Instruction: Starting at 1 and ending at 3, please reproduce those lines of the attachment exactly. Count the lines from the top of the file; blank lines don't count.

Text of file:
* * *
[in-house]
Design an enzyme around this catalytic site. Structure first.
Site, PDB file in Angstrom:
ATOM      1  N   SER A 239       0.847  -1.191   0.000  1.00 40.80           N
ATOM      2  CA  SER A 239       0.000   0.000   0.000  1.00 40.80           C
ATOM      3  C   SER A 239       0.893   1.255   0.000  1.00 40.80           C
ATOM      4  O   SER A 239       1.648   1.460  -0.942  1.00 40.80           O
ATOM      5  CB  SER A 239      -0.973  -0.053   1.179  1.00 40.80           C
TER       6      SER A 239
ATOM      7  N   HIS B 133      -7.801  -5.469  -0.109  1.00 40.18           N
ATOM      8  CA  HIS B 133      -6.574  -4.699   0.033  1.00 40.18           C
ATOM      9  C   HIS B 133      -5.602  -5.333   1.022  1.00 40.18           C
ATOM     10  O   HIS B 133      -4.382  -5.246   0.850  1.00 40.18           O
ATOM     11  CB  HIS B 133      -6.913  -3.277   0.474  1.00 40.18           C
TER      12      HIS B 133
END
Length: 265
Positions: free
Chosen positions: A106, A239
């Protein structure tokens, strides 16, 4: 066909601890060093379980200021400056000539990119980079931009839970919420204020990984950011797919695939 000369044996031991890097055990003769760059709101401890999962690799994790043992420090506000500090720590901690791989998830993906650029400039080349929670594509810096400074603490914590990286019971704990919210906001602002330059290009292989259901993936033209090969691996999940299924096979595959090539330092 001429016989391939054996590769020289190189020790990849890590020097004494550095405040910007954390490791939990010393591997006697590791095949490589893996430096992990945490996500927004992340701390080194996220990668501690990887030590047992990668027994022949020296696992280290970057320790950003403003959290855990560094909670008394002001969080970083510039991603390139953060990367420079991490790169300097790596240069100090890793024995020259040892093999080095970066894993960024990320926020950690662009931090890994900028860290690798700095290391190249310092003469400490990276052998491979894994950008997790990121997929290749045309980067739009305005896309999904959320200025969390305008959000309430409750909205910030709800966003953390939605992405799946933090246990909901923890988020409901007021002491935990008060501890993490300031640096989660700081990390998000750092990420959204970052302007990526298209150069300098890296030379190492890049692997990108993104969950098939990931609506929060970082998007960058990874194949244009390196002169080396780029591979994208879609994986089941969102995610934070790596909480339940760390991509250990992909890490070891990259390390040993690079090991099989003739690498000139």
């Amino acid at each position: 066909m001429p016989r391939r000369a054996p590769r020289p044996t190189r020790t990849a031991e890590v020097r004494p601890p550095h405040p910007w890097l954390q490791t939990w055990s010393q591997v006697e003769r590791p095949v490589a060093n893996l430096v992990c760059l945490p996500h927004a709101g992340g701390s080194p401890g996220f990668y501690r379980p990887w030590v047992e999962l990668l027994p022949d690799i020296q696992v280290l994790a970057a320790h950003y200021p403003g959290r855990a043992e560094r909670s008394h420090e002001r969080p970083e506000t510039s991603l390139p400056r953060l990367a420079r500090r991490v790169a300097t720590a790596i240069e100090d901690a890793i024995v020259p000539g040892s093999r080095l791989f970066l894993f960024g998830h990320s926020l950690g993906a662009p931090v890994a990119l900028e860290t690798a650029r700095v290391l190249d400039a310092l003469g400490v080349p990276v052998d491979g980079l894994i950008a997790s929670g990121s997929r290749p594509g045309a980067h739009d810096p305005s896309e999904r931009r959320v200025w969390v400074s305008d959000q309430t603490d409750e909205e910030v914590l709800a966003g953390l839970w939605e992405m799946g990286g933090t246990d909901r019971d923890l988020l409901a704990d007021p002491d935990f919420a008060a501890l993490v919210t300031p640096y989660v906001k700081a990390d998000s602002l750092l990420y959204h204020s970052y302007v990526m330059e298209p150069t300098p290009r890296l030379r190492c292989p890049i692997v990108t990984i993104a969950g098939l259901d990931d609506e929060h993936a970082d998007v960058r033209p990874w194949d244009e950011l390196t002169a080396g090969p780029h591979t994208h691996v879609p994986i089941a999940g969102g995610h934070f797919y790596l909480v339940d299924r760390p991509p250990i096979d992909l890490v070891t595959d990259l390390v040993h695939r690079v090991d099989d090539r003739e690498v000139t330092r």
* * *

[in-house]
Design an enzyme around this catalytic site. Structure first.
Site, PDB file in Angstrom: